Finally, we saw the water trickling down - oozing from out of the fiberglass structure of the boat. Yep. some water line inside of the fiberglass was leaking. Great. Jonesy had spare tubing (again, with the spares) and he squirmed around the bilge and installed new lines to bypass the hidden ones. But, there were 4 hidden lines and he only had enough tubing for 2. Well, that DID slow the leak, but it was still flowing pretty good.

Not only were we concerned about the water leakage, but we were also waiting for our mail to be delivered to the island. Important stuff, like our replacement credit cards for the ones that creeps got the number and made fraudulent withdrawals. Oh, and a knitting book and a marine identification book too. So, we hoisted up the anchor and headed back to French Harbor to track down our package and get hoses to try and replace ones on the boat.

Yesterday, we picked up our package that had been held for ransom in customs. Why? Because we had to pay duties and sales tax on the 2 books and on my 4 knitted Christmas Stockings that were being returned to me from Knit Picks! It doesn't matter that I knit them, sent them to the states for the photo shoot, and now they were being returned - I STILL had to declare a value and pay. Also, my "author's free copy" of a knitting book with my patterns was in our mail and same thing, I had to pay duties on it. Geez - what a hassle.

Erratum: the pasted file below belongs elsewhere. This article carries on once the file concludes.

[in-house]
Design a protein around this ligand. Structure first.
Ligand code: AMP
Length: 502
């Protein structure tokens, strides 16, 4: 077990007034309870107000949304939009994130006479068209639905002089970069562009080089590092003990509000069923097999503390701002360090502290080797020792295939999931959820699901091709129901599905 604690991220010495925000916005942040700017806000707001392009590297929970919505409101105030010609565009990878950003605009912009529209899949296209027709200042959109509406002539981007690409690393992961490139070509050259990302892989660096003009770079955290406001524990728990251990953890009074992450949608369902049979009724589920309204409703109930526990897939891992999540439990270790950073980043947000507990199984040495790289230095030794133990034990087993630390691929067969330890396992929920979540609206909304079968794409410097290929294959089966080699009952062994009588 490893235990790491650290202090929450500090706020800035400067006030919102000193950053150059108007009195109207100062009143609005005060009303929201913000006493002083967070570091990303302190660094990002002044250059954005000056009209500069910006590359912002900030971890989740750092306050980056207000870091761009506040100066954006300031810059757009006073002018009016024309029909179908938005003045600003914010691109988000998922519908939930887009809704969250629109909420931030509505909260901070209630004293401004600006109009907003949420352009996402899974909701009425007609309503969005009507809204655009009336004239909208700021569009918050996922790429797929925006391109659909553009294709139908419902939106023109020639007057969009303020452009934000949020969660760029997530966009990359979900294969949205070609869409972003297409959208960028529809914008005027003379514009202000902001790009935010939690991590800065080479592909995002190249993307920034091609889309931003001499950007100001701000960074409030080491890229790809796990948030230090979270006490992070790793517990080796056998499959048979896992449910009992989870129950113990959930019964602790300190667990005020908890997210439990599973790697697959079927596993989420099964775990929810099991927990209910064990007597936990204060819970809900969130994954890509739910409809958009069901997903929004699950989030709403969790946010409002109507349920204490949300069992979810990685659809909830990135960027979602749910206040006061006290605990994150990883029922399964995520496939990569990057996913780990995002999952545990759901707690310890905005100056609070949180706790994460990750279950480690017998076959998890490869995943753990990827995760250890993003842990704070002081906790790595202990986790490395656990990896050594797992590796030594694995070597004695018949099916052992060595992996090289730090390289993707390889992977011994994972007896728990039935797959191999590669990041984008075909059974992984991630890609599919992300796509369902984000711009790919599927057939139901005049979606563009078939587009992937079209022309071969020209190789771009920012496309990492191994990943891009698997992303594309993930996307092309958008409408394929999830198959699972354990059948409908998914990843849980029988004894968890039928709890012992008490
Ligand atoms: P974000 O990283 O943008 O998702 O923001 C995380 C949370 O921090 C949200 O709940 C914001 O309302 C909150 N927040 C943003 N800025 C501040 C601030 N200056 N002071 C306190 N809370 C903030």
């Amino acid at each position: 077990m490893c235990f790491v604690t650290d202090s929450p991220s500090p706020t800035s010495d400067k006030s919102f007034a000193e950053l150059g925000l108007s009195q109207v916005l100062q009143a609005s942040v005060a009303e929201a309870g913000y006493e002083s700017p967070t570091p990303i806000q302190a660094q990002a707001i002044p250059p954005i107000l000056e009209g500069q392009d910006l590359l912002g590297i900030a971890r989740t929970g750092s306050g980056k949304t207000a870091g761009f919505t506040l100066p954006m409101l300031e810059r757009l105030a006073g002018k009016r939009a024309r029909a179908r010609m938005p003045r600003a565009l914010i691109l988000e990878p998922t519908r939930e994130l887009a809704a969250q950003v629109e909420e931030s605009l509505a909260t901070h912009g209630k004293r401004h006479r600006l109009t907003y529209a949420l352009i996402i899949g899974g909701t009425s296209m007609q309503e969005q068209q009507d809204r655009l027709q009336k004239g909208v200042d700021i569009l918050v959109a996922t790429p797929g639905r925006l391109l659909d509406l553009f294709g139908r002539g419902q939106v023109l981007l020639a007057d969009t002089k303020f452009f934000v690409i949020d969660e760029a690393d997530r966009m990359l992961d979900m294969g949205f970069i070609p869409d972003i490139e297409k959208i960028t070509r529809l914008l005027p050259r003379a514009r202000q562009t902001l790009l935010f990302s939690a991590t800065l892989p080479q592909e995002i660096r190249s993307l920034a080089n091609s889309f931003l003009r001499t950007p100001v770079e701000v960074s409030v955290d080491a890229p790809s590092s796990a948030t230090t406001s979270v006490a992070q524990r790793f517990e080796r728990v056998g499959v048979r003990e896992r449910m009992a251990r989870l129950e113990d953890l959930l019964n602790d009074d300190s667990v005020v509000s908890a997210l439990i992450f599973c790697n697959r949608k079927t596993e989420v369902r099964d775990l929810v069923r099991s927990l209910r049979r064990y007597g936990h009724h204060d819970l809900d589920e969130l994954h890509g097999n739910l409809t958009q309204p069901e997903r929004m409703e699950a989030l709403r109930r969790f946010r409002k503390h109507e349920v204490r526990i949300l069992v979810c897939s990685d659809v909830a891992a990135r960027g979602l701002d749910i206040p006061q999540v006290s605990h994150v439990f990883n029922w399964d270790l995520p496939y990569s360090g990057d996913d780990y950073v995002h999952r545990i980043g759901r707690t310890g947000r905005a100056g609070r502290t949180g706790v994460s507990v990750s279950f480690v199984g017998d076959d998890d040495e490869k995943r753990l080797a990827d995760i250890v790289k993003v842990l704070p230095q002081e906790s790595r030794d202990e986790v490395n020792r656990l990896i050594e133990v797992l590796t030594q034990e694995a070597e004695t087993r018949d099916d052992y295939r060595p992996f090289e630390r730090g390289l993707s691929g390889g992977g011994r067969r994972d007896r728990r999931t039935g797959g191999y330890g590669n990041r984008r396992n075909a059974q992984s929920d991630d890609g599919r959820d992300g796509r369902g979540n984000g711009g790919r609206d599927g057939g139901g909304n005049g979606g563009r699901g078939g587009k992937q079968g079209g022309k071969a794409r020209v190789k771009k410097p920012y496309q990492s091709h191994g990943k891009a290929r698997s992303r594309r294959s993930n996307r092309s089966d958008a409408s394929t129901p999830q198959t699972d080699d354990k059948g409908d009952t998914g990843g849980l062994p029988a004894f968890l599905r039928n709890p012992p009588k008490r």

Anyway, today Jonesy tackled the other 2 water lines. You guessed it. The one that was leaking the worst was the last one he replaced - #4. So far it's been several hours and the water pressure pump is quiet - ahhhhhh. Success. In case you're wondering if I helped - yes, I did my part. I stayed out of the way and fed the mechanic whenever he needed it. That's my job (and I knit).

See that black shiny grit in my hand? That's some of the "ash" from the recent volcano eruption in Guatemala! I have a little baggie of the stuff - it's so pretty! Imagine this stuff coming down instead of snow and you've got an idea of what Guatemala City had.

So, we're planning to head to the grocery store tomorrow to restock, then we'll head back out to gunkhole (move along the coast stopping at various "holes" or bays along the way) back up to the eastern part of Roatan island.

Monday, January 17, 2011


Jade Seahorse - Utila Island

Seahorse Utila 030
Seahorse Utila 003Sometimes we come across some real treasures on our travels, both natural and man-made. On the island of Utila, Honduras we discovered a unique little hotel called the Jade Seahorse. I was instantly drawn to this place and felt so at home and inspired that I think I could take up permanent residence.